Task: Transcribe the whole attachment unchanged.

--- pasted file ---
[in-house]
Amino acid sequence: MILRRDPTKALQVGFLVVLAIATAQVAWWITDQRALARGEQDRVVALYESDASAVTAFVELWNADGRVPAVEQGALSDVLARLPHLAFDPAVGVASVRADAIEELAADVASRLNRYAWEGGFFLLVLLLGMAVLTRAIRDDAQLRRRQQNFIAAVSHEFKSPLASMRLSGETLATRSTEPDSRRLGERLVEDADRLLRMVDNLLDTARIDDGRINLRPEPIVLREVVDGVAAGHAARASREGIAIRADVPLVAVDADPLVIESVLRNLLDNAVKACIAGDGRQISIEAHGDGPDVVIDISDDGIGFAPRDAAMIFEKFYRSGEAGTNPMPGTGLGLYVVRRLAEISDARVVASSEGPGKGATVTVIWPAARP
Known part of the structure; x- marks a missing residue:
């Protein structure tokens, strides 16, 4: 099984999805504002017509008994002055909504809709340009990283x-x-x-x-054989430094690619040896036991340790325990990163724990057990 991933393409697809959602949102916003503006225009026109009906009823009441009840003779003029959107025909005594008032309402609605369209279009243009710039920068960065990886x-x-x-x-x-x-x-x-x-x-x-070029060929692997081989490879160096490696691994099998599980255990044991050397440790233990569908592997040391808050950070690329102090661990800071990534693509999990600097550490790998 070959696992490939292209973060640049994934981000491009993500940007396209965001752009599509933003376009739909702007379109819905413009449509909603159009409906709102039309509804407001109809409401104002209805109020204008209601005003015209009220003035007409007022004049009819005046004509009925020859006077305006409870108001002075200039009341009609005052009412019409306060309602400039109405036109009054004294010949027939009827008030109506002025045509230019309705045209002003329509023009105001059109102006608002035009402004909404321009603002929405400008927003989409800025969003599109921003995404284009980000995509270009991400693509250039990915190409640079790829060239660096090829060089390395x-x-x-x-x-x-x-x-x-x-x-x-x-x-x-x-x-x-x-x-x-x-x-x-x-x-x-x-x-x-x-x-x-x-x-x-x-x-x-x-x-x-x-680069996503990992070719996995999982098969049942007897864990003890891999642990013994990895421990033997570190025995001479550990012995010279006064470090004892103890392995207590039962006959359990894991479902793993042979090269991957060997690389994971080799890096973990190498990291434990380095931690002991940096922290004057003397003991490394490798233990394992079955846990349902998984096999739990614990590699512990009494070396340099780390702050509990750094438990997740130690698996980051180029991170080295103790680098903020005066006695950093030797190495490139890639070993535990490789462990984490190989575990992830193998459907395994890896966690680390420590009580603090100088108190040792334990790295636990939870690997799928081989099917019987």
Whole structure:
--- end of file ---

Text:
[in-house]
Amino acid sequence: MILRRDPTKALQVGFLVVLAIATAQVAWWITDQRALARGEQDRVVALYESDASAVTAFVELWNADGRVPAVEQGALSDVLARLPHLAFDPAVGVASVRADAIEELAADVASRLNRYAWEGGFFLLVLLLGMAVLTRAIRDDAQLRRRQQNFIAAVSHEFKSPLASMRLSGETLATRSTEPDSRRLGERLVEDADRLLRMVDNLLDTARIDDGRINLRPEPIVLREVVDGVAAGHAARASREGIAIRADVPLVAVDADPLVIESVLRNLLDNAVKACIAGDGRQISIEAHGDGPDVVIDISDDGIGFAPRDAAMIFEKFYRSGEAGTNPMPGTGLGLYVVRRLAEISDARVVASSEGPGKGATVTVIWPAARP
Known part of the structure; x- marks a missing residue:
């Protein structure tokens, strides 16, 4: 099984999805504002017509008994002055909504809709340009990283x-x-x-x-054989430094690619040896036991340790325990990163724990057990 991933393409697809959602949102916003503006225009026109009906009823009441009840003779003029959107025909005594008032309402609605369209279009243009710039920068960065990886x-x-x-x-x-x-x-x-x-x-x-070029060929692997081989490879160096490696691994099998599980255990044991050397440790233990569908592997040391808050950070690329102090661990800071990534693509999990600097550490790998 070959696992490939292209973060640049994934981000491009993500940007396209965001752009599509933003376009739909702007379109819905413009449509909603159009409906709102039309509804407001109809409401104002209805109020204008209601005003015209009220003035007409007022004049009819005046004509009925020859006077305006409870108001002075200039009341009609005052009412019409306060309602400039109405036109009054004294010949027939009827008030109506002025045509230019309705045209002003329509023009105001059109102006608002035009402004909404321009603002929405400008927003989409800025969003599109921003995404284009980000995509270009991400693509250039990915190409640079790829060239660096090829060089390395x-x-x-x-x-x-x-x-x-x-x-x-x-x-x-x-x-x-x-x-x-x-x-x-x-x-x-x-x-x-x-x-x-x-x-x-x-x-x-x-x-x-x-680069996503990992070719996995999982098969049942007897864990003890891999642990013994990895421990033997570190025995001479550990012995010279006064470090004892103890392995207590039962006959359990894991479902793993042979090269991957060997690389994971080799890096973990190498990291434990380095931690002991940096922290004057003397003991490394490798233990394992079955846990349902998984096999739990614990590699512990009494070396340099780390702050509990750094438990997740130690698996980051180029991170080295103790680098903020005066006695950093030797190495490139890639070993535990490789462990984490190989575990992830193998459907395994890896966690680390420590009580603090100088108190040792334990790295636990939870690997799928081989099917019987």
Whole structure: